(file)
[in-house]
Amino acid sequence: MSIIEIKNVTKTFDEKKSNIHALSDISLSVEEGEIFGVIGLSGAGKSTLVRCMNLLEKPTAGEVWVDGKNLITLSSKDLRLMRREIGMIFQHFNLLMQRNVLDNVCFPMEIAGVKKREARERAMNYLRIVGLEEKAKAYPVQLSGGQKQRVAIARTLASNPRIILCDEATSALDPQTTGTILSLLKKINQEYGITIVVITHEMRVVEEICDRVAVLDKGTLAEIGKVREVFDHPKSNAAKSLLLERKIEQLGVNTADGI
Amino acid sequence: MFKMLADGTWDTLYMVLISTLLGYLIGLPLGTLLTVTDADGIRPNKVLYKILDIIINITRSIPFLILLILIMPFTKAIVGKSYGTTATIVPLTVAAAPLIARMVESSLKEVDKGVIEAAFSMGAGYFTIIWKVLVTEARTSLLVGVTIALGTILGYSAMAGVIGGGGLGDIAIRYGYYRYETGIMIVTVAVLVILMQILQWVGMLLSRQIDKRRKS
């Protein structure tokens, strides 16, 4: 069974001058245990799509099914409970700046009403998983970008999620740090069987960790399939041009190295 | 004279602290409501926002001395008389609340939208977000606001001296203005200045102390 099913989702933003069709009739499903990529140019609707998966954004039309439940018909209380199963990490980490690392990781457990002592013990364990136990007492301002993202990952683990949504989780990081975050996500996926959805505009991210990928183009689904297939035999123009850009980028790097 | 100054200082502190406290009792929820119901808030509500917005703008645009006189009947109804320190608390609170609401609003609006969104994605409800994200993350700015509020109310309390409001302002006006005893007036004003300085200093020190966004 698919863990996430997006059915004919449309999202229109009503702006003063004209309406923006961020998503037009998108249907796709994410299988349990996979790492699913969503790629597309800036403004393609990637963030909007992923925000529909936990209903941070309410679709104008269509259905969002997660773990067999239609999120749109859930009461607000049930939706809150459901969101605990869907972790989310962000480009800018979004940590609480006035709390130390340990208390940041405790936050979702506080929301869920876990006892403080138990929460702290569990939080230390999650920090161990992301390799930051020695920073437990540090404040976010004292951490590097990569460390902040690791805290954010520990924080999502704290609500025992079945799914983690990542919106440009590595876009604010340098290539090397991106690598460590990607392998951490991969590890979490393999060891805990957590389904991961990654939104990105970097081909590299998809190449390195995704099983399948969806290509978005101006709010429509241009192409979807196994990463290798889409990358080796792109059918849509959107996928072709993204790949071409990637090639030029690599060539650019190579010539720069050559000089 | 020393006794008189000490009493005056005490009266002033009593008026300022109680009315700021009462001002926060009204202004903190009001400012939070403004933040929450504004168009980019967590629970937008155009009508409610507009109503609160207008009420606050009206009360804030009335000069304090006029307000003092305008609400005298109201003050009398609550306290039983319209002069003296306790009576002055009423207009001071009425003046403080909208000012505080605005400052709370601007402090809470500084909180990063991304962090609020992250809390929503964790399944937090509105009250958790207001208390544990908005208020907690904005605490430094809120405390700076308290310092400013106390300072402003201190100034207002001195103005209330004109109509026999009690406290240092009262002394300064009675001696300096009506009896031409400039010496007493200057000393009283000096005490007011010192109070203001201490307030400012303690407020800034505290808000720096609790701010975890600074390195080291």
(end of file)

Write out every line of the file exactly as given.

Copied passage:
[in-house]
Amino acid sequence: MSIIEIKNVTKTFDEKKSNIHALSDISLSVEEGEIFGVIGLSGAGKSTLVRCMNLLEKPTAGEVWVDGKNLITLSSKDLRLMRREIGMIFQHFNLLMQRNVLDNVCFPMEIAGVKKREARERAMNYLRIVGLEEKAKAYPVQLSGGQKQRVAIARTLASNPRIILCDEATSALDPQTTGTILSLLKKINQEYGITIVVITHEMRVVEEICDRVAVLDKGTLAEIGKVREVFDHPKSNAAKSLLLERKIEQLGVNTADGI
Amino acid sequence: MFKMLADGTWDTLYMVLISTLLGYLIGLPLGTLLTVTDADGIRPNKVLYKILDIIINITRSIPFLILLILIMPFTKAIVGKSYGTTATIVPLTVAAAPLIARMVESSLKEVDKGVIEAAFSMGAGYFTIIWKVLVTEARTSLLVGVTIALGTILGYSAMAGVIGGGGLGDIAIRYGYYRYETGIMIVTVAVLVILMQILQWVGMLLSRQIDKRRKS
């Protein structure tokens, strides 16, 4: 069974001058245990799509099914409970700046009403998983970008999620740090069987960790399939041009190295 | 004279602290409501926002001395008389609340939208977000606001001296203005200045102390 099913989702933003069709009739499903990529140019609707998966954004039309439940018909209380199963990490980490690392990781457990002592013990364990136990007492301002993202990952683990949504989780990081975050996500996926959805505009991210990928183009689904297939035999123009850009980028790097 | 100054200082502190406290009792929820119901808030509500917005703008645009006189009947109804320190608390609170609401609003609006969104994605409800994200993350700015509020109310309390409001302002006006005893007036004003300085200093020190966004 698919863990996430997006059915004919449309999202229109009503702006003063004209309406923006961020998503037009998108249907796709994410299988349990996979790492699913969503790629597309800036403004393609990637963030909007992923925000529909936990209903941070309410679709104008269509259905969002997660773990067999239609999120749109859930009461607000049930939706809150459901969101605990869907972790989310962000480009800018979004940590609480006035709390130390340990208390940041405790936050979702506080929301869920876990006892403080138990929460702290569990939080230390999650920090161990992301390799930051020695920073437990540090404040976010004292951490590097990569460390902040690791805290954010520990924080999502704290609500025992079945799914983690990542919106440009590595876009604010340098290539090397991106690598460590990607392998951490991969590890979490393999060891805990957590389904991961990654939104990105970097081909590299998809190449390195995704099983399948969806290509978005101006709010429509241009192409979807196994990463290798889409990358080796792109059918849509959107996928072709993204790949071409990637090639030029690599060539650019190579010539720069050559000089 | 020393006794008189000490009493005056005490009266002033009593008026300022109680009315700021009462001002926060009204202004903190009001400012939070403004933040929450504004168009980019967590629970937008155009009508409610507009109503609160207008009420606050009206009360804030009335000069304090006029307000003092305008609400005298109201003050009398609550306290039983319209002069003296306790009576002055009423207009001071009425003046403080909208000012505080605005400052709370601007402090809470500084909180990063991304962090609020992250809390929503964790399944937090509105009250958790207001208390544990908005208020907690904005605490430094809120405390700076308290310092400013106390300072402003201190100034207002001195103005209330004109109509026999009690406290240092009262002394300064009675001696300096009506009896031409400039010496007493200057000393009283000096005490007011010192109070203001201490307030400012303690407020800034505290808000720096609790701010975890600074390195080291």